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Nintendo Wii Review: Rayman – Raving Rabbids

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Filled with wildly funny inventive characters, mini-games that would land you a death sentence if they were real and a simple design, Rayman's latest outing should come together nicely.

As with any mini-game collection since Wario Ware, each play becomes a small game that either works or fails miserably. Raving Rabbids suffers from a plethora of annoyances that makes it difficult to get into, in addition to the failing games.

Starting as a simple yet stunning platformer back on the Atari Jaguar and then splitting onto countless other consoles, Rayman is an undervalued creation of Michael Ancel, and has somehow ended up here. Gone are the days of millions of colors on screen, now replaced by bleak stages littered with dark humor.

The series has turned into various genres over the years, but has seemingly forgotten any of its roots. The only direct control over Rayman is when you're moving into the next mini-game inside an arena to perform for the Rabbids. These sick, priceless and totally expendable critters are the best use of cute bunnies since Monty Python and the Holy Grail. Rayman has become their only source of entertainment after he's captured, and they'll abuse him in countless ways for their amusement.

This leads into 70+ mini-games that require a wide variety of moves to conquer. Each "day" in the arena lasts four games, and you need to conquer at least three to move on. While not exceptionally difficult, the Wii Remote can lead to some tiring and flat out ridiculous motions (don't ask) to complete the task at hand. Lose and you need to start from scratch.

There are some inventive uses for the new control set up and each is commendable. A Rabbid appears on screen before the next test to let you know the requirements. As they're unlocked, you can also take part in multi-player matches for a maximum of four people.

Losing due to your own mistakes is fine. Failing when the controls sputter is another. In fact, some games can prove impossible to pass without luck as the Nunchuk or Remote simply doesn't respond accurately or in time. There are some genuinely fiendish games that pose a significant challenge and being forced to restart because of a single missed motion is unacceptable. It's far too common to be a passing annoyance.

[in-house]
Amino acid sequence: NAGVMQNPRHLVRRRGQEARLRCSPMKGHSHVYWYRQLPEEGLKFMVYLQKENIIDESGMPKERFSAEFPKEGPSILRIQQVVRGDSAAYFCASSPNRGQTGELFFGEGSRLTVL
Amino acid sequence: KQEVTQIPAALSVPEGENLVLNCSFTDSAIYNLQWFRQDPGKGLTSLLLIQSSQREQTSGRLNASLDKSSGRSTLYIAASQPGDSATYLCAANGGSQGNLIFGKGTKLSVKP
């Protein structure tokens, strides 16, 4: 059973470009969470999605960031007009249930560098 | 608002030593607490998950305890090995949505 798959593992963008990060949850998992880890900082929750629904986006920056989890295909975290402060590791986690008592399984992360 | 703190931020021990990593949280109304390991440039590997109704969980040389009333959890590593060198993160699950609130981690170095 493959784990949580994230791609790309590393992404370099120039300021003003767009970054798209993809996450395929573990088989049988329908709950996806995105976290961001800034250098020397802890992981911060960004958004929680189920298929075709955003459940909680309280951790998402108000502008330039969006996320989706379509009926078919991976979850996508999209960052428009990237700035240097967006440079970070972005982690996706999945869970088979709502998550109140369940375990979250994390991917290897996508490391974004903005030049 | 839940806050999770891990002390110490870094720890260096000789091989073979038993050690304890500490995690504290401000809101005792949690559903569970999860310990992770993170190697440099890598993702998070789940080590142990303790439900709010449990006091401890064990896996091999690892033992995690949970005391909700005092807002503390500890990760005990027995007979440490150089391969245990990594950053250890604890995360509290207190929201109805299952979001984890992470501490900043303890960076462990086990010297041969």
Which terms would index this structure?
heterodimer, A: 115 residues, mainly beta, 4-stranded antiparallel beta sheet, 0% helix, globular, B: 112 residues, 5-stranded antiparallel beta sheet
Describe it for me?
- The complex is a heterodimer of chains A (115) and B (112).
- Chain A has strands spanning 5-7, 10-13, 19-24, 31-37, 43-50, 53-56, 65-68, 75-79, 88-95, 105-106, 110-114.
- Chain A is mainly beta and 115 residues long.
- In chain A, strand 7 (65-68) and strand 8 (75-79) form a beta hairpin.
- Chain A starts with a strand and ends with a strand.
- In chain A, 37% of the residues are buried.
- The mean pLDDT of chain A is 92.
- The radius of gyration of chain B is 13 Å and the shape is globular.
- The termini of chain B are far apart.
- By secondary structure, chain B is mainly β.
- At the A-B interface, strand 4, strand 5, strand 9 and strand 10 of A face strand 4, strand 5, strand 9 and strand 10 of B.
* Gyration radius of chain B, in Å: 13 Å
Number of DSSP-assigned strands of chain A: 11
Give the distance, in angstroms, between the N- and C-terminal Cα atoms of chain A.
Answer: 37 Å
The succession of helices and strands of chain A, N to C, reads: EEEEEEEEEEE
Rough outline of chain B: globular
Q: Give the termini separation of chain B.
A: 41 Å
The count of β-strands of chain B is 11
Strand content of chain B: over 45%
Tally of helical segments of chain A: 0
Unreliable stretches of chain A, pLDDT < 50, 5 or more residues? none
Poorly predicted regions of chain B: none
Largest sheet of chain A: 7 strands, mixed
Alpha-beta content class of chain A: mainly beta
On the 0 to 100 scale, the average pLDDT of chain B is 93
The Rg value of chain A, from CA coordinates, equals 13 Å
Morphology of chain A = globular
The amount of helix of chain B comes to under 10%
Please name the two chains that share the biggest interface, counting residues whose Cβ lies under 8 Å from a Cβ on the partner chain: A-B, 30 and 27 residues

Everything else in Raving Rabbids is fine for the most part. The vast majority of the games are enjoyable, and with a few friends, this can become an absolute blast. However, there's a sense that this has nothing to do with Rayman at all. His name and likeness are here purely for marketing reasons. He (it?) feels out of place and is slowly turning into a creation that cannot end up back where he should be. The Rabbids completely overshadow him here.

The world, the design and the concept are in place. Raving Rabbids can never pick up enough momentum to have a chance though. All the potential is wasted on a somewhat derivative idea that could have worked a few years ago, but now it's all wasted opportunity. The Wii technology is utilized better elsewhere, and that's where you should be.

Rayman: Raving Rabbids is rated E (Everyone) by the ESRB for Cartoon Violence and Comic Mischief. This game can also be found on: GBA, PC, PS2, Xbox 360.

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About Matt Paprocki

Matt Paprocki has critiqued home media and video games for 13 years and is the reviews editor for His current passion project is the technically minded You can read Matt's body of work via his personal WordPress blog, and follow him on Twitter @Matt_Paprocki.
  • Ryan

    I thought Rayman Raving rabids was a riot, all the mini games were easy to game and have not been copied in many games (red steel, twilight princess of perfect controls) and seem to all the simple pot holes games like Madden and Call of Duty fall in. This game wont be one that is here in five years time, but as good games go this is definately worth a spend.

  • honky tonky

    get me one now!